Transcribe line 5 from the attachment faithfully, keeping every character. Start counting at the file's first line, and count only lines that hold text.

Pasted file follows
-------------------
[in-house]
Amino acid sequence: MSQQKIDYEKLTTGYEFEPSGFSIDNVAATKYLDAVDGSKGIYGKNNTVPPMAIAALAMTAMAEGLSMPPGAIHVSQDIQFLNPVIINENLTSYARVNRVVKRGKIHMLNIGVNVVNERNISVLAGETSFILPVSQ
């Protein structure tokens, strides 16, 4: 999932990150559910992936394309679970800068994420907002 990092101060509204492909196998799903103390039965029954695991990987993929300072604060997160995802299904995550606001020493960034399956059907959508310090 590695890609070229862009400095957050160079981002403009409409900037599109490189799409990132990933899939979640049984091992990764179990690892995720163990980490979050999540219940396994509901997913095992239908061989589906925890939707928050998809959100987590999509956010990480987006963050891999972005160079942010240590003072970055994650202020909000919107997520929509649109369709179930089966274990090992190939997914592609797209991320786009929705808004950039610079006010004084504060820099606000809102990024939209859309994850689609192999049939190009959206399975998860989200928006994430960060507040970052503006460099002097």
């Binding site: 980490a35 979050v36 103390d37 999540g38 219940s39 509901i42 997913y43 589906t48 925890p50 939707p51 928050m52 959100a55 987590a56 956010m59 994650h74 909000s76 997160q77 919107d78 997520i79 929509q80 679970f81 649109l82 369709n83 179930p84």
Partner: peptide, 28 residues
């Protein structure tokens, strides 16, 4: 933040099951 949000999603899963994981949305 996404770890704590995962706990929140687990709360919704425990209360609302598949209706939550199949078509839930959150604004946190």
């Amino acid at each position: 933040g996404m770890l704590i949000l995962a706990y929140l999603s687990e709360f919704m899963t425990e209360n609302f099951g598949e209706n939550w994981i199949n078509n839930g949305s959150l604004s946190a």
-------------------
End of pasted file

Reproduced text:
Partner: peptide, 28 residues